Shih Tzus are very sensitive to heat due to their short-faced nature. They should not be allowed outside during the heat because they are very sensitive and can suffer from heat exhaustion. 

Shih Tzus are also known for their agility and have participated in sports in recent times. They are as comfortable at sports as they are when snuggled up to your laps. 

How the Royal Breeding Affects Shih Tzus Today?

It is a well-known fact that Shih Tzus don’t look and act like other breeds out there. They are soft, playful, a bit lazy, and they have that ‘prince’ attitude that just doesn’t go away no matter how long they live for. 

Won’t it be interesting to find out just how much of their royal ancestry has come down the line with them and how many of their attitudes are as a result of their history? 


Shih Tzus can be very attention-seeking dogs; they want to be with you at all times, and they will spend all day on your laps if they can. But it is nothing strange as they have always been very close to their initial royal owners.

Some historians document that Shih Tzus were carried very close by their owners both for companionship and also to produce body heat. 

Shih Tzus can also be very dignified in their action, and they often display attitudes that some might interpret as proud or arrogant but they are actually not. Having been trained as royal pets, they were bound to have picked up dignified behavior and this is what comes to play now.

The dignified behavior of Shih Tzus can pose a problem when they are being trained because they can be stubborn and set in their ways sometimes.

But not to worry, once you are able to train them properly, all that is left of their natural arrogance is assertiveness, confidence, and great carriage that you would be proud of. 


Perhaps owing to their safe and pampered upbringing, Shih Tzus are very trusting pets and they are quick to make friends with other pets and strangers. Rather than worrying about them being harsh and unfriendly to strangers, you should actually be worried about them being too friendly.

A Shih Tzu’s extreme friendliness is probably one of the reasons why they can never make a good guard dog. They will actually welcome anyone and everyone who darkens your door because they just love people. 

However, in later years they grow into more mature self-controlled breeds and this is when you see the real royal behavior playing out. Your adult Shih Tzu will grow out of their overly friendly disposition and will find a place for themselves from where they observe visitors, strangers, and events unfolding around them.

Growing up on the laps of their owners has also been known to make some pets very clingy. Some Shih Tzus will actually suffer extreme separation anxiety if they are kept away from their owners for too long.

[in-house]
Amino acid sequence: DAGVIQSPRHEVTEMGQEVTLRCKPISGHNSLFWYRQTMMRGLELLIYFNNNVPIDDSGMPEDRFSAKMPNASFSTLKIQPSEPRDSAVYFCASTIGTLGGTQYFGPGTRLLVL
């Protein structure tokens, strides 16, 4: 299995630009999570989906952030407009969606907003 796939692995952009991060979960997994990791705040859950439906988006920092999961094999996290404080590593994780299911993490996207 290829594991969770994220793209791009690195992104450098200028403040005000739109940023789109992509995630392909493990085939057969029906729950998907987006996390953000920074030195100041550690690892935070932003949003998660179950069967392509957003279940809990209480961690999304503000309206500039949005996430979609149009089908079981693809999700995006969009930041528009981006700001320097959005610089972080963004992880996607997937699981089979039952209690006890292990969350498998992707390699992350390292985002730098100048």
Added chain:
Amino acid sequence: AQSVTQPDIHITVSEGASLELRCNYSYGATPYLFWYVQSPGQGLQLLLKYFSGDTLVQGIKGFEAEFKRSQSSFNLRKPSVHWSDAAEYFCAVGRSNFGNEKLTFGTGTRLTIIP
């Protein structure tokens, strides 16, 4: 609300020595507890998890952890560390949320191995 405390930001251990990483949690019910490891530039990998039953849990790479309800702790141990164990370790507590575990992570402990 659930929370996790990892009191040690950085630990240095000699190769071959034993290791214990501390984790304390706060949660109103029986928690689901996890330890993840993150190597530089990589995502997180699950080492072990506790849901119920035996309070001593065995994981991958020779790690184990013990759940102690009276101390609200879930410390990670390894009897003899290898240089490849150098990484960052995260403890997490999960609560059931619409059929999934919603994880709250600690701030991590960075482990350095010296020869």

Shih Tzus don’t do well to abandonment or neglect, so before you get a Sih Tzu to ensure that you are all in to give him the attention, love, and care that they very much desire.

Attention deprived Shih Tzu can become the very opposite of the cute loving pet that we know him to be. They could become unhappy, depressed, constantly anxious, and virtually unhappy if they don’t get enough attention from you.

Shih Tzus are often fearless and dauntless and sometimes they think they can do just anything. One of these things Shih Tzus believes they can do but cannot actually do is fly. 

It is common to find Shih Tzus trying to jump from one end of the room to the other or jump out of your hand to the floor. This can be dangerous for them and you have to protect them from their own Superman tendencies. 

From Royalties to Celebrities

The Shih Tzus royalty is something that is bound to stay the same even after lengths of time. From the laps of Chinese royalties, Shih Tzus have been pets of many famous personalities and continue to be loved by many rich and glamorous individuals world over. 

Shih Tzus have been favorites of celebrities like Geri Halliwell, Katherine Heigl, Andie MacDowell, Rebecca Mader, Nicole Richie, Susie Essman, Betty Buckley, Oleg Cassini, Phyllis Diller, Mariah Carey, Beyonce, Bill Gates, and even Queen Elizabeth of England.

The list goes on and on, but this just goes to show how royal the Shih Tzu truly is. 

My Final Thoughts

Shih Tzus have been around for thousands of years and have made their way from royal temples to the laps of Chinese Emperors and finally to your warm home where they bring love and sunshine into you. 

Their desire for love, attention, and affection stems from the long pampered and sheltered they have had over the years and they are able to give back the same amount of love they get from you. 

Shih Tzus royal history and disposition are one more reason to love and be proud of them. 

John Carter

My name is John Carter and I absolutely love pets, especially dogs. I've got a Bachelor of Science degree in Animal Behaviour and Welfare and have several years’ experience working in animal shelters and rescues. My passion for animals started at a very young age as I grow up on a farm with several horses, cows, cats, chickens, and dogs on our property.